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Bas de Groot - 15 Apr 2016

Electronic cars industry

With the demand for electrical cars ramping up (http://www.sciencealert.com/the-netherlands-is-making-moves-to-ban-all-non-electric-vehicles-by-2025) and the knowledge available from Flinders Uni, what's stopping SA from starting up an electrical cars industry, using the facilities that Holden's leaving behind, and expanding on it with help from Flinders Uni and their contacts in the Netherlands through the Solar Race? And having an electrical cars company producing in SA will make that type of car more readily available and familiar, making it much easier to then get South Australians on board with driving electrical cars, which would reduce our carbon footprint.

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Michael Smyth

24 Jun 2016

Bas,
There certainly are businesses looking at opportunities for manufacturing the future transport solutions in South Australia, and also the manufacture of high-value components that are essential to their construction. In Australia we already have quiet achievers, such as Tritium in Brisbane who manufacture EVSE (electric vehicle chargers) and EV motor controllers that are among the best in the world. So Australia certainly has the latent capacity to be world-beaters in this area, as future vehicles will require more high-value knowledge-based energy management and data systems, not just low unit manufacturing costs.

I can't speak for high-volume manufacturers and potential re-use of Holden's facilities, but another often-forgotten manufacturing sector in Australia is the "specialised vehicle" sector, which remains active and profitable (Paccar Kenworth in Melbourne, Volvo trucks in Brisbane, Bombardier in Melbourne, Bustech on the Gold Coast and Custom Coaches in Sydney). Reports of the death of the transport manufacturing industry in Australia are somewhat exaggerated. These manufacturers are also active innovators; for example, Swinburne University have assisted in development of electric busses for export to Malaysia.

A critical missing element at the moment is acknowledgement and support for this niche sector, which rarely requires Government support and is also the training ground for innovators and skilled trades. If you look at the revival of the automotive manufacturing sector in the United Kingdom (which was close to collapse not too long ago), one of the great success stories has been the outstanding performance of its "specialist car manufacturers" that typically make less than 1000 vehicles per company per annum. The UK now has a vibrant manufacturing sector with over 100 active small-volume automotive companies, from McLaren & Aston Martin, to Catheram and Radical.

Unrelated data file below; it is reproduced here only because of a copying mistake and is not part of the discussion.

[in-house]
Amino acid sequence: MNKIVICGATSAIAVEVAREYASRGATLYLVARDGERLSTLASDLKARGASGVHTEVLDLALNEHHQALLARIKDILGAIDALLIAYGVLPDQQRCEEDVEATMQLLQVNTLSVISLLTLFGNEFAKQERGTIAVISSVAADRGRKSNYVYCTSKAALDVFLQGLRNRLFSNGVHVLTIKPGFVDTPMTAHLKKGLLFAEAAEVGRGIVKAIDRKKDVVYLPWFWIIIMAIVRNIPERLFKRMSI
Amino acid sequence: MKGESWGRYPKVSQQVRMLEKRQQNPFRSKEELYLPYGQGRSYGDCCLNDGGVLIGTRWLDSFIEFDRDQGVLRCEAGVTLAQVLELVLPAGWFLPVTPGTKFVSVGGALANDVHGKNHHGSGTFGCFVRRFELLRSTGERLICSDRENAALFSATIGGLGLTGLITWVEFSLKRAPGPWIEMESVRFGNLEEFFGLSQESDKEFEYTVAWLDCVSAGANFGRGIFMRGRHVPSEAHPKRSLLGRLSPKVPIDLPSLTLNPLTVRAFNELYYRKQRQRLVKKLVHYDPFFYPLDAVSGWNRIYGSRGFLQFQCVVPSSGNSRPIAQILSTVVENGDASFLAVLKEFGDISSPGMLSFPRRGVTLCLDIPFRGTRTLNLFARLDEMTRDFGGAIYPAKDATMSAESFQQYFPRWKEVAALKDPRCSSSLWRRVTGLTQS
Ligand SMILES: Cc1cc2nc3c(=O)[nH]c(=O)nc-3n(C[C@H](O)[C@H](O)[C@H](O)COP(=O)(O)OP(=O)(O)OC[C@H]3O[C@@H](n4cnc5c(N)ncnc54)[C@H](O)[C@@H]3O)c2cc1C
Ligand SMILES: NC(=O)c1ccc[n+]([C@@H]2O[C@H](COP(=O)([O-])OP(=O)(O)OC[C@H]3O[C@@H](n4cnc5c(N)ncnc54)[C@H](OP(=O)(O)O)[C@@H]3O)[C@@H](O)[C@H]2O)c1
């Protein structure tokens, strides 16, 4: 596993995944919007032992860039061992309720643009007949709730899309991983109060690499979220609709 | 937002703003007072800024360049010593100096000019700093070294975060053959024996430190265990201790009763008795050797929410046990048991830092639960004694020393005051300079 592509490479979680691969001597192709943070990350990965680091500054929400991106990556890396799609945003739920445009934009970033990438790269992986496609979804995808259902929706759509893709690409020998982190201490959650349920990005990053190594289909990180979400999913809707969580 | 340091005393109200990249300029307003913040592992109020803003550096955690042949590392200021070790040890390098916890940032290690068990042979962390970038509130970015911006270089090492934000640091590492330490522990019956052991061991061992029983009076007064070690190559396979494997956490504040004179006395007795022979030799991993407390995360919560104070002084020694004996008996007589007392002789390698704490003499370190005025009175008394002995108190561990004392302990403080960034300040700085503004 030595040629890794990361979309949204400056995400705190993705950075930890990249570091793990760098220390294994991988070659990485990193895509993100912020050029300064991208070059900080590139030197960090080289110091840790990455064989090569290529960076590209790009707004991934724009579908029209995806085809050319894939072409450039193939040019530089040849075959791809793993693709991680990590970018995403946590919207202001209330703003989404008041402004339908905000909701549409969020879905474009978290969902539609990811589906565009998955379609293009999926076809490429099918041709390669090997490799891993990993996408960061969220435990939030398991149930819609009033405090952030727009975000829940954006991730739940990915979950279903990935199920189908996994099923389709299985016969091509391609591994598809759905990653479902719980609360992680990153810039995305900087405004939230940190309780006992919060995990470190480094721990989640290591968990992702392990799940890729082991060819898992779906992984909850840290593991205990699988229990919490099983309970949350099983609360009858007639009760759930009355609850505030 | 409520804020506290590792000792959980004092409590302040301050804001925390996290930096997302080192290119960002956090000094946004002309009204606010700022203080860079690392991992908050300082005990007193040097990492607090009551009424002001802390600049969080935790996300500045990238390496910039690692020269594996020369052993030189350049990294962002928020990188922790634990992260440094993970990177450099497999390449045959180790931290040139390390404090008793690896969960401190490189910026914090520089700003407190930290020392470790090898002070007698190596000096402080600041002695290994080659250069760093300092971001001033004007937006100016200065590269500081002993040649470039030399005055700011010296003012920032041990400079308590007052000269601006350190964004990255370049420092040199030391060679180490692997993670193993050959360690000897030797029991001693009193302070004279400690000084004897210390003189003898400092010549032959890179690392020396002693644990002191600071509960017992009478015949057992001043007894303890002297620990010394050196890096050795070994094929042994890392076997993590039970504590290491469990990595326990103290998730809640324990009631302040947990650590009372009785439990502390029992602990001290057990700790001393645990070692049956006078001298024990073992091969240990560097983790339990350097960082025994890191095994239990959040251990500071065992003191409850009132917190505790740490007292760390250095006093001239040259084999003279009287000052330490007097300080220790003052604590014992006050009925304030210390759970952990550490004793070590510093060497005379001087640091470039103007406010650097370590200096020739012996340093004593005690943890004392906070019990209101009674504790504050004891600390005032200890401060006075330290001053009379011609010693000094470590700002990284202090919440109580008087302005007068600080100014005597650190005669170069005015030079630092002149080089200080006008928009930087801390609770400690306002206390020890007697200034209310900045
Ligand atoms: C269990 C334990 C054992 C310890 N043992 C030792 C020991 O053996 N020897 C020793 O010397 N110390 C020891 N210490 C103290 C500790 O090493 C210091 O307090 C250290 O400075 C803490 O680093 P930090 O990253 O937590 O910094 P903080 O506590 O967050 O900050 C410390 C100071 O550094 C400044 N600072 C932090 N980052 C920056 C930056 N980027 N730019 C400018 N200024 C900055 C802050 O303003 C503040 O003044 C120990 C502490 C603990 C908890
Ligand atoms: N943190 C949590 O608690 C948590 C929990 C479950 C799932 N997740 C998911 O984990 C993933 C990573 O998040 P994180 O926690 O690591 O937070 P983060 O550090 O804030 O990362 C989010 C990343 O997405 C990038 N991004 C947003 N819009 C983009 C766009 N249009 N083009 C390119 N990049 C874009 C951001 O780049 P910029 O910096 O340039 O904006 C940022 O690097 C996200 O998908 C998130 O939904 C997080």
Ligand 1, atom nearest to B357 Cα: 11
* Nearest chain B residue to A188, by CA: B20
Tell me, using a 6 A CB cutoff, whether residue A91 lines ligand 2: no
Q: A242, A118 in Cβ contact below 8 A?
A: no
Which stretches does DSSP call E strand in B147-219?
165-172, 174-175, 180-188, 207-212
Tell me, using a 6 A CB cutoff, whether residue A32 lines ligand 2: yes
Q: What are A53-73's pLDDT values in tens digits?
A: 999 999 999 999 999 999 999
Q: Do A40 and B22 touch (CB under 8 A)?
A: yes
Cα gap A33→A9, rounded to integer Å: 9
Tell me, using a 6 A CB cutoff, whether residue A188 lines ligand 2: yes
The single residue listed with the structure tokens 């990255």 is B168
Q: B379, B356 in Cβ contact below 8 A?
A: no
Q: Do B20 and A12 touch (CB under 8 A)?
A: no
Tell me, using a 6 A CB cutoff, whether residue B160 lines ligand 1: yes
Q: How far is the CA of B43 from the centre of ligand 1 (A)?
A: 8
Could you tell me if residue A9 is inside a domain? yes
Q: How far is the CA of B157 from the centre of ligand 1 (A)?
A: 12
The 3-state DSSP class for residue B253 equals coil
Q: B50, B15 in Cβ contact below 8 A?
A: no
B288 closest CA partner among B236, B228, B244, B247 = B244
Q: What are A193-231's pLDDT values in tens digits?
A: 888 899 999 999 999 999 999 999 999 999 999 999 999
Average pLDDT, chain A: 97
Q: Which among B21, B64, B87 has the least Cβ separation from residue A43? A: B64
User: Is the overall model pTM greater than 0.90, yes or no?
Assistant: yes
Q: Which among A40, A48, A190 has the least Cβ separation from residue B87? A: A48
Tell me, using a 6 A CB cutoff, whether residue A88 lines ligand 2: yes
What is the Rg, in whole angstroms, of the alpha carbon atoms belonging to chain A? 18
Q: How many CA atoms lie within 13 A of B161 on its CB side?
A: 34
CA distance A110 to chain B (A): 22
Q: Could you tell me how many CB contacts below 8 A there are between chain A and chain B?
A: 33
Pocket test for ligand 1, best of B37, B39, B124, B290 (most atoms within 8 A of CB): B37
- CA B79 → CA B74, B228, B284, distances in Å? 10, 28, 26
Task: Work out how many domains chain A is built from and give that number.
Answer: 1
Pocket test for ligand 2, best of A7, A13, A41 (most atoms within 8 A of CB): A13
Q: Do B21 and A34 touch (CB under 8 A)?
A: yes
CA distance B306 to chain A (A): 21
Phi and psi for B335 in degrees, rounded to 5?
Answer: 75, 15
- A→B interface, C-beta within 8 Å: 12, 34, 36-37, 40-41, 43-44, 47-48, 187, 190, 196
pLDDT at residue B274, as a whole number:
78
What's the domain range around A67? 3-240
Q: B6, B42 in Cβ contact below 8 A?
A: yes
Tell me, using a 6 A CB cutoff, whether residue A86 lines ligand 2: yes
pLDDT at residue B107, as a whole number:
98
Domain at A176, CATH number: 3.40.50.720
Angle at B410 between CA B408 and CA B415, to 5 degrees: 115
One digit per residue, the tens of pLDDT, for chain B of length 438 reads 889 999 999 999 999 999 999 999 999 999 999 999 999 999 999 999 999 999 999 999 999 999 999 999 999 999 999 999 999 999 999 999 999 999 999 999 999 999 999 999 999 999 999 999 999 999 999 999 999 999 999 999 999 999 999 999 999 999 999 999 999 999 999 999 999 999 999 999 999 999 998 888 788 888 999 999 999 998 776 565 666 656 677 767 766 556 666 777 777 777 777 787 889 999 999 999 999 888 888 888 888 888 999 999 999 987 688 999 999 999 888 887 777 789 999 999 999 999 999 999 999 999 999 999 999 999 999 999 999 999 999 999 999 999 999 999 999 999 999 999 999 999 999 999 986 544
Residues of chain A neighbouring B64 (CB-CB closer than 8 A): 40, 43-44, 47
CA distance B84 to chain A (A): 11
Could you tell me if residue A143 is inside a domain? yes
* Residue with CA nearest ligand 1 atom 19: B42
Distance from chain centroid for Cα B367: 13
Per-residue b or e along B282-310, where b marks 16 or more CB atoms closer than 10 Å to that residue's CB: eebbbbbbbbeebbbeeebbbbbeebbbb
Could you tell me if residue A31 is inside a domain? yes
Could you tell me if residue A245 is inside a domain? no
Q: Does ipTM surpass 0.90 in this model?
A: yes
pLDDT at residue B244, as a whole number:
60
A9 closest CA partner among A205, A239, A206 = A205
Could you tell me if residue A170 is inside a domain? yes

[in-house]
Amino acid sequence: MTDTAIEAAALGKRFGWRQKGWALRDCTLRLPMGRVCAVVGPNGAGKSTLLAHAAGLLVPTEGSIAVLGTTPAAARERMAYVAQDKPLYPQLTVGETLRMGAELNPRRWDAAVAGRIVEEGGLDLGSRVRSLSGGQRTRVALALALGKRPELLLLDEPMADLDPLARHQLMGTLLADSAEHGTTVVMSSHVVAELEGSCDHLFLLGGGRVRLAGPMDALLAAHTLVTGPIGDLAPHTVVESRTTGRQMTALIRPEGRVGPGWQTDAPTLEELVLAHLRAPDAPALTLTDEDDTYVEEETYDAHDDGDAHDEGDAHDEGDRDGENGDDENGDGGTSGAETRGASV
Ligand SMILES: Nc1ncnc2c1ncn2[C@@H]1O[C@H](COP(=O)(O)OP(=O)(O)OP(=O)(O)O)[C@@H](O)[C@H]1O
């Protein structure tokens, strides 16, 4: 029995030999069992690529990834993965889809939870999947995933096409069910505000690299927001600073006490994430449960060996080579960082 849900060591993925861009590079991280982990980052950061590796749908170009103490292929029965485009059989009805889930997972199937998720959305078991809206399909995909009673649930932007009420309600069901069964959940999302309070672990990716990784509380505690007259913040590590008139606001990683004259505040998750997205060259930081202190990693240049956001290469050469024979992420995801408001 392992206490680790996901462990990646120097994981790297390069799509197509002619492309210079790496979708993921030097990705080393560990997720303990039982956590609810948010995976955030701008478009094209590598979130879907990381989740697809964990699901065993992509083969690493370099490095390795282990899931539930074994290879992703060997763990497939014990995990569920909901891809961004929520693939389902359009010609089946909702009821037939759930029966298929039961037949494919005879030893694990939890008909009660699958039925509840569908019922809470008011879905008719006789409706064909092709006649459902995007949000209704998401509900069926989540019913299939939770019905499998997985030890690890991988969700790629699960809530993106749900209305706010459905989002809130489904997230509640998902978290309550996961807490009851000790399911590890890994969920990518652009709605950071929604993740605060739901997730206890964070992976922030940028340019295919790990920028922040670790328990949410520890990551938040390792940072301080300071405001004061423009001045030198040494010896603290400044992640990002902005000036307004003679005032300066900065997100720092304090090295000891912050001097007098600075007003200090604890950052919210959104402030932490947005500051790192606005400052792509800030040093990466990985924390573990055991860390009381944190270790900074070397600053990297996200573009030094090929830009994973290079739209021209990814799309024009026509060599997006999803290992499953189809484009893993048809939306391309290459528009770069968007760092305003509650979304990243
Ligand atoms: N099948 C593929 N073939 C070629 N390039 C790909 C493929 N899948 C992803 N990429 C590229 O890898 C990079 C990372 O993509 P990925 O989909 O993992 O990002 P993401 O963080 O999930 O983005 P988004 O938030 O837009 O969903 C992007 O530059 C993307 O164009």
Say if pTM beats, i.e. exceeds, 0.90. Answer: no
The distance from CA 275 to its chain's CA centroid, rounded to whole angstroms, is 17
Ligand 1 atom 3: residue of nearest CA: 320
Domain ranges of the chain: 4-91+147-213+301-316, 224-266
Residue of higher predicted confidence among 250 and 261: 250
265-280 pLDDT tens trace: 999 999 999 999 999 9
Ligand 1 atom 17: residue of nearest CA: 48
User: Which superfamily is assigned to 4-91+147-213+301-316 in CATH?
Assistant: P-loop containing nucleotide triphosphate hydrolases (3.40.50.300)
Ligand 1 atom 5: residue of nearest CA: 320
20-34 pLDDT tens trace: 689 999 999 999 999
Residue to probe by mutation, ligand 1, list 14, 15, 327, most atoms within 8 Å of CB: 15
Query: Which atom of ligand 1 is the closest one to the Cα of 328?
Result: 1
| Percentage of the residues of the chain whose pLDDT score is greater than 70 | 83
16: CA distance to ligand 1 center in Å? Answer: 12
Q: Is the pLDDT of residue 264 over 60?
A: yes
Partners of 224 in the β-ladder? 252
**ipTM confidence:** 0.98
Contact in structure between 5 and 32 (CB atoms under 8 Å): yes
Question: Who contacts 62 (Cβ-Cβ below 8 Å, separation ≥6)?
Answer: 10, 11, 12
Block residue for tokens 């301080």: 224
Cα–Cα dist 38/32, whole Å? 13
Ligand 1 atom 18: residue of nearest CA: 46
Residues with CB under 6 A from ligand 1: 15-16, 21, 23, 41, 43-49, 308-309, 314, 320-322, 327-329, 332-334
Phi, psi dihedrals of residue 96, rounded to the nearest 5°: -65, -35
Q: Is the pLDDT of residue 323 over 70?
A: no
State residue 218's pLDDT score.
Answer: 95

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Tomasz Wilinski

19 Jun 2016

Think same. Place after Holden shall be used for manufacture electrical car. SA government should start to talk with Tesla. It is worth give them even 10 years tax-free period. Same time number of grants should be direct to the technology of store and produce hydrogen by using solar energy. We have now technology to convert hydrogen into electrical current (H + O2 => current + H2O). Now we need to close the loop (H2O + SUN => H + O2). That's may be a further method of storage electricity (instead of battery). Like solar/electrical panels we have today, solar/hydrogen panels next stop.
Any home will have solar panels and hydrogen tank for supply fuel to produce current for home and charge a car. Do not need grid connection with a power network. Do not need goes to a petrol station or charge station. Clean and cost reduction same time.
Question. Is a government ready for that revolution? Is government enough strong to break oil companies resistance?

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Dennis Levy

16 May 2016

A good idea, but what about hydrogen fuel cell cars? What about biofuel cars? Does a plug-in hybrid count as an electric car, or do they have to be 100% electric? There is also the issue that self-driving cars will become incompatible with other vehicles, but not all self-driving vehicles are electric.

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